The bystander effect is one of the worst things in humanity.
I learned about the concept of "the bystander effect" by complete accident. When I was in elementary school, I really wanted to start my own school newspaper... and one of my favorite shows at the time was King Of The Hill. In King Of The Kill, the town newspaper was called the "Arlen Bystander", so I wanted to call my newspaper: "something bystander"... but elementary school me didn't really know what "bystander" meant, so I figured that before I would go and name my newspaper anything "bystander" I should look up what "bystander" means.
So I Googled "bystander", expecting to find tons of results talking about newspapers from all over the country, but to my surprise, all I could easily find were articles and definitions for "the bystander effect".
Not only was I surprised, but I was disappointed. I felt like King Of The Hill had been lying to me... I thought it was standard practice for newspapers to have "bystander" in their name! Turns out that was just a one-off joke for the show! So much for my awesome newspaper name! But I digress...
After reading all about the bystander effect that day, I thought about it all the time. I really hated that people behave in this way (and I still do to this day).
Just to be clear: the bystander effect is not as black-and-white as it sounds. The original event that sparked its prevalence in popular culture even turned out to be mostly false... but generally speaking, the effect is real.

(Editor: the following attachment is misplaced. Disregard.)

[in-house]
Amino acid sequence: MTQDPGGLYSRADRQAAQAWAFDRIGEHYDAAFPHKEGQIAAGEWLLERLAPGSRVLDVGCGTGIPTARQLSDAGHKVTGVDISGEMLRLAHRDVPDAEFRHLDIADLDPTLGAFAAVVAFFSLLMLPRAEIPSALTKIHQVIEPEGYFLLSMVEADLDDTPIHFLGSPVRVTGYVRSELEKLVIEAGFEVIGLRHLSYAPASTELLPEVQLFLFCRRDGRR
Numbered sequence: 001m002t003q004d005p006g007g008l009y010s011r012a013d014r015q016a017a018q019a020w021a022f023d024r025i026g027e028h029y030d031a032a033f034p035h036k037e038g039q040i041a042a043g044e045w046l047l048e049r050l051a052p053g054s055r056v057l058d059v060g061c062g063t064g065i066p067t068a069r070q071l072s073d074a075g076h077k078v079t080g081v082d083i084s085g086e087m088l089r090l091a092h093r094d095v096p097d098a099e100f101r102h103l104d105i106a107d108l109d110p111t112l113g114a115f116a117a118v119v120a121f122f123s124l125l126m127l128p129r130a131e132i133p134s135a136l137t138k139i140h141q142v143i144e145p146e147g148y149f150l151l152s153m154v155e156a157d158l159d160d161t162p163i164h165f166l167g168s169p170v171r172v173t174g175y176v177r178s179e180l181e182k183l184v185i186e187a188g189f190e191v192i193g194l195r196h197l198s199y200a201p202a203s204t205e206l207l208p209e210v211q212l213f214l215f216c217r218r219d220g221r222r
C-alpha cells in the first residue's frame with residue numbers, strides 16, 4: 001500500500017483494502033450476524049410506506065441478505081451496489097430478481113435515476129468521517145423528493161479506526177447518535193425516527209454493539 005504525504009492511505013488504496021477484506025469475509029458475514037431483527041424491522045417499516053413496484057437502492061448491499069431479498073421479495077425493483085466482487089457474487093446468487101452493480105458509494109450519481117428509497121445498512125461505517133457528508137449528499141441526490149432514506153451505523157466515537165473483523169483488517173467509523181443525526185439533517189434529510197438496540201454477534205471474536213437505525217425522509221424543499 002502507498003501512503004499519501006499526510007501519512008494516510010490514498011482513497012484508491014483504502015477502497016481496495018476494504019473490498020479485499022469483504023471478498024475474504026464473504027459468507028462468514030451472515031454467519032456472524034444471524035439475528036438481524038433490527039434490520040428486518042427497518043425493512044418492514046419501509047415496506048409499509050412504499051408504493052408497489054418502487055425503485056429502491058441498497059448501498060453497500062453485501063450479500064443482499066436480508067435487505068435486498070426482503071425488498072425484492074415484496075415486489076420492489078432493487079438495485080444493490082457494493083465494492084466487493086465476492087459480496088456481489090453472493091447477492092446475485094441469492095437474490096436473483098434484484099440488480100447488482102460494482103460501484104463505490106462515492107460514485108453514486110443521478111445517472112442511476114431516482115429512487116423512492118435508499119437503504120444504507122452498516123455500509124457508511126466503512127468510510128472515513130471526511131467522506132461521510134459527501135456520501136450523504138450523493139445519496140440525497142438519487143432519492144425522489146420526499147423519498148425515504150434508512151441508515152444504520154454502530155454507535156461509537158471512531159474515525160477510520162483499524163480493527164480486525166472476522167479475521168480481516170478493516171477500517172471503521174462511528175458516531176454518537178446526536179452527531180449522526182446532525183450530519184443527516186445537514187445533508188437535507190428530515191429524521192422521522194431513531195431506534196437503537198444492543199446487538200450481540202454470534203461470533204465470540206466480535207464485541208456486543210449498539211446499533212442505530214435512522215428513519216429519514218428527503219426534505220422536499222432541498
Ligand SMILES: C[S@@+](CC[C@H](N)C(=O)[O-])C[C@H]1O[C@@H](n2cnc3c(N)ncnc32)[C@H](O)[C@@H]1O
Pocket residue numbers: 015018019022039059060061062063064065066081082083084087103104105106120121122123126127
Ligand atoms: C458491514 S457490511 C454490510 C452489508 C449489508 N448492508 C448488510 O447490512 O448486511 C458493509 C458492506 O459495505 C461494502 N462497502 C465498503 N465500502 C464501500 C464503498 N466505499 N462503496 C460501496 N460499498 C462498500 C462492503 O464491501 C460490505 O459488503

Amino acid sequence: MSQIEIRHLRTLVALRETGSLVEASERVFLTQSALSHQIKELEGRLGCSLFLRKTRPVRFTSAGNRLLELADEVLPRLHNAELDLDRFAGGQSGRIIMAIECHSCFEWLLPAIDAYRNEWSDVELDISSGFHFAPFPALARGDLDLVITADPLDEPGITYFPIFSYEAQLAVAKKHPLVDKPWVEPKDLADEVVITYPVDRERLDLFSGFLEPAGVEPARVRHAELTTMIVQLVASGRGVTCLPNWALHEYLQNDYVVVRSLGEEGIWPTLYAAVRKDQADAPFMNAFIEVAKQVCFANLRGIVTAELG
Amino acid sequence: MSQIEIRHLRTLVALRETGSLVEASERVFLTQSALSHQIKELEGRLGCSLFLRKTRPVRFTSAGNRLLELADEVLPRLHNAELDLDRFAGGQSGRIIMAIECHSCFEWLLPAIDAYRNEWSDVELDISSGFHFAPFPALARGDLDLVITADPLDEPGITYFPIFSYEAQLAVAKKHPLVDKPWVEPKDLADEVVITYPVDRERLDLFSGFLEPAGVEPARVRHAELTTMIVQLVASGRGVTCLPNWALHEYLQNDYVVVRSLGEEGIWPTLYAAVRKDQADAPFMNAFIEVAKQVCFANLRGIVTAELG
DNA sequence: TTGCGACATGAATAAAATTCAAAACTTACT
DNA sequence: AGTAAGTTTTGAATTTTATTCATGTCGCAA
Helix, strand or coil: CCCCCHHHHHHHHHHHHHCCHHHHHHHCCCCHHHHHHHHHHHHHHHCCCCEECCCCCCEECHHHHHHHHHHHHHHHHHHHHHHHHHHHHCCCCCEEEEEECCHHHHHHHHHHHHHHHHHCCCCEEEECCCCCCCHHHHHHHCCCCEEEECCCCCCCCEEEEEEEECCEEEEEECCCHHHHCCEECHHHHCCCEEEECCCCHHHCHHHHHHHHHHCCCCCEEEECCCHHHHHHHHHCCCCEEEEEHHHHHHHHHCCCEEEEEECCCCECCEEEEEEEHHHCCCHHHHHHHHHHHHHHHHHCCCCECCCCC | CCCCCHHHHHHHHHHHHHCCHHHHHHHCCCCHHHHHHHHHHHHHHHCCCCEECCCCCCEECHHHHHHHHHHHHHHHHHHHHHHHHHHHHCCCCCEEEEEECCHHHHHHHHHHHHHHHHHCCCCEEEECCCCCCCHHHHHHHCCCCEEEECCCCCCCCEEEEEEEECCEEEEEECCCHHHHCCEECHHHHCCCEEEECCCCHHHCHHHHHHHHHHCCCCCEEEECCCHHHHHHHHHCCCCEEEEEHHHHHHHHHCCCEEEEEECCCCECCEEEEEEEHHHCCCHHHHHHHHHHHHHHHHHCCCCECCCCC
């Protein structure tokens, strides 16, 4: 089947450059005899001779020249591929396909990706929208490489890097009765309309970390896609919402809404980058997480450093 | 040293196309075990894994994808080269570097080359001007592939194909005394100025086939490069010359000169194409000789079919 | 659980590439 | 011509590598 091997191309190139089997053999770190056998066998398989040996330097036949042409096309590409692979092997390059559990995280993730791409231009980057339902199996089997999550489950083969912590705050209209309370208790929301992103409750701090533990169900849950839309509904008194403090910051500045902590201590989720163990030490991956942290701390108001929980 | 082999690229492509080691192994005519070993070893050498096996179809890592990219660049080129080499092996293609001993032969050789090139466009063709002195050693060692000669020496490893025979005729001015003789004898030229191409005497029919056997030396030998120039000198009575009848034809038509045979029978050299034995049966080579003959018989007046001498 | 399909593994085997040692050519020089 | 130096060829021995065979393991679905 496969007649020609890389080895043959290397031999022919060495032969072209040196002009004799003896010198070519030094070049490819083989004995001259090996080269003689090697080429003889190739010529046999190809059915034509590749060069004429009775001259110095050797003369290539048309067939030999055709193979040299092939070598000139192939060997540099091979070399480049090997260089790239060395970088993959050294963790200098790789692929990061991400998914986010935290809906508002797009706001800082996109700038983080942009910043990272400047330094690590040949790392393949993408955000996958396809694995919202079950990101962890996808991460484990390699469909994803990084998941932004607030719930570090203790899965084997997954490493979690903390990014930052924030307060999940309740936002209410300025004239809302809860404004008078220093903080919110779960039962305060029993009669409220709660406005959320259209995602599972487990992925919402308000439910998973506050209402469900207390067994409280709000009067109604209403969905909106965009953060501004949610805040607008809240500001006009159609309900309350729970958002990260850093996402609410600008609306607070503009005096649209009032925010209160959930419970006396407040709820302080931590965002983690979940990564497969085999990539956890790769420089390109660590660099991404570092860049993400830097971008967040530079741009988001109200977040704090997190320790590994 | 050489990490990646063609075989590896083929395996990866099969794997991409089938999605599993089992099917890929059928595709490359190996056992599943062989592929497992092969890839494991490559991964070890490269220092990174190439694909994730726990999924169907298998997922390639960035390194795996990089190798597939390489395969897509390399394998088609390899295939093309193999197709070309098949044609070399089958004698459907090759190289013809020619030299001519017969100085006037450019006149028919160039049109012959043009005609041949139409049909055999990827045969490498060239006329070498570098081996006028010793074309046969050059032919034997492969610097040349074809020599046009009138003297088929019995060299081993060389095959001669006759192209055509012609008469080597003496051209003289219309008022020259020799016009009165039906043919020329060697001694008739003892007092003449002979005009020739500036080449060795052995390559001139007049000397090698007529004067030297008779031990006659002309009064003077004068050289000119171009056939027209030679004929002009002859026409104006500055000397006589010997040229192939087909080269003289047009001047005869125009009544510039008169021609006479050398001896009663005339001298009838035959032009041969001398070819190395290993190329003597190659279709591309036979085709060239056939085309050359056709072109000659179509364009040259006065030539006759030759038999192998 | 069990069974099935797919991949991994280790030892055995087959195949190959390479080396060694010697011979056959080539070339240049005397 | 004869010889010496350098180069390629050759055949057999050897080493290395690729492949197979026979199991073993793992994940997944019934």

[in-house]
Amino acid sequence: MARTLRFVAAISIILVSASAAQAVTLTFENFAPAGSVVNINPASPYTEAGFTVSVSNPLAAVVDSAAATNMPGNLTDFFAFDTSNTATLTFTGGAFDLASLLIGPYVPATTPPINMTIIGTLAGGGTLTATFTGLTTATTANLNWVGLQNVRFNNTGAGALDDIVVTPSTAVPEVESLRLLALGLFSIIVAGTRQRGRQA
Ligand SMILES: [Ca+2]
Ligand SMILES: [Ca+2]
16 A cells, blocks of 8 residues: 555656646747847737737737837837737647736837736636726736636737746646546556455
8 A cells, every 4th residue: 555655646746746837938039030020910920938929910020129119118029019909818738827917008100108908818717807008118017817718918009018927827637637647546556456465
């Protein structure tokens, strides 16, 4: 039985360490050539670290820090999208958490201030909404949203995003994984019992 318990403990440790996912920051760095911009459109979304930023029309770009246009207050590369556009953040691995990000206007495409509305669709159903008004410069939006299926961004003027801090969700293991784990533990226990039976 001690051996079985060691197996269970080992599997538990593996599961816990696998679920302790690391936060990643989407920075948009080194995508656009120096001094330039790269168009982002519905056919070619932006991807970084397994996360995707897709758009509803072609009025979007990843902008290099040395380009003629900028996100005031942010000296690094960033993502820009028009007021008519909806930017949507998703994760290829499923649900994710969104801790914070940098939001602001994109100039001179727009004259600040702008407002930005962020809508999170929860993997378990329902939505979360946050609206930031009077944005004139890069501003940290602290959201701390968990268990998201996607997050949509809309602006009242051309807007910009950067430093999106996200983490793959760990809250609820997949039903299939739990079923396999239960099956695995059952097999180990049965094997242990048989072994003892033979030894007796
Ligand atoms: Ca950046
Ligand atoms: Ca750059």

And the fact that the effect is real is disheartening.
I think about it all the time and anytime I find myself in a situation where someone might need help, I always make a point to stop what I'm doing and take it upon myself to make sure they they are okay.
I haven't prevented any murders by doing this yet (as far as I know). Really, I don't recall dramatically helping anyone in any way, but I do sleep very well at night knowing I made sure everything is okay.
Last year, I was driving with my girlfriend to Łeba, a small town in the Polish seaside, and on the way we saw a semi-truck and trailer that had skidded off the road, into a ditch next to a crop field, and was stuck in a very weird position, nearly overturned. I stopped our car, got out and went over to see if anyone was in the truck... when I walked up to it, a man opened the door... I asked him if everything was okay and he said yes... so I walked back to our car and we got back on the road.
Boring story, I know. I'm obviously no hero, but I can say this for sure: if I hadn't stopped, I would be wondering to this day if everything was okay, or if someone in the truck was dying of heat stroke while cars constantly drove by, ignoring the truck. I slept like a baby thanks to something that took me less than 2 minutes... and if the worst was true and something was seriously wrong, I could have helped or called for help and potentially saved someone's life.
If you've read this post this far, I hope you'll be more aware of the "bystander effect" and that you can outsmart it in the future.
Next time you think someone might need help, don't make any assumptions. Ignore everything you think "might have happened" and immediately step in to make sure they are okay. It doesn't hurt to check or ask, and you should not feel embarrassed if it turned out they were fine... you were only trying to help, and sooner or later, it will turn out that someone did really need your help.
I'm not suggesting that you ever put yourself in harms way just to help someone, though. Use your common sense, and keep yourself safe too.
Thanks for reading, and stay safe out there, my good-looking friend! ❤️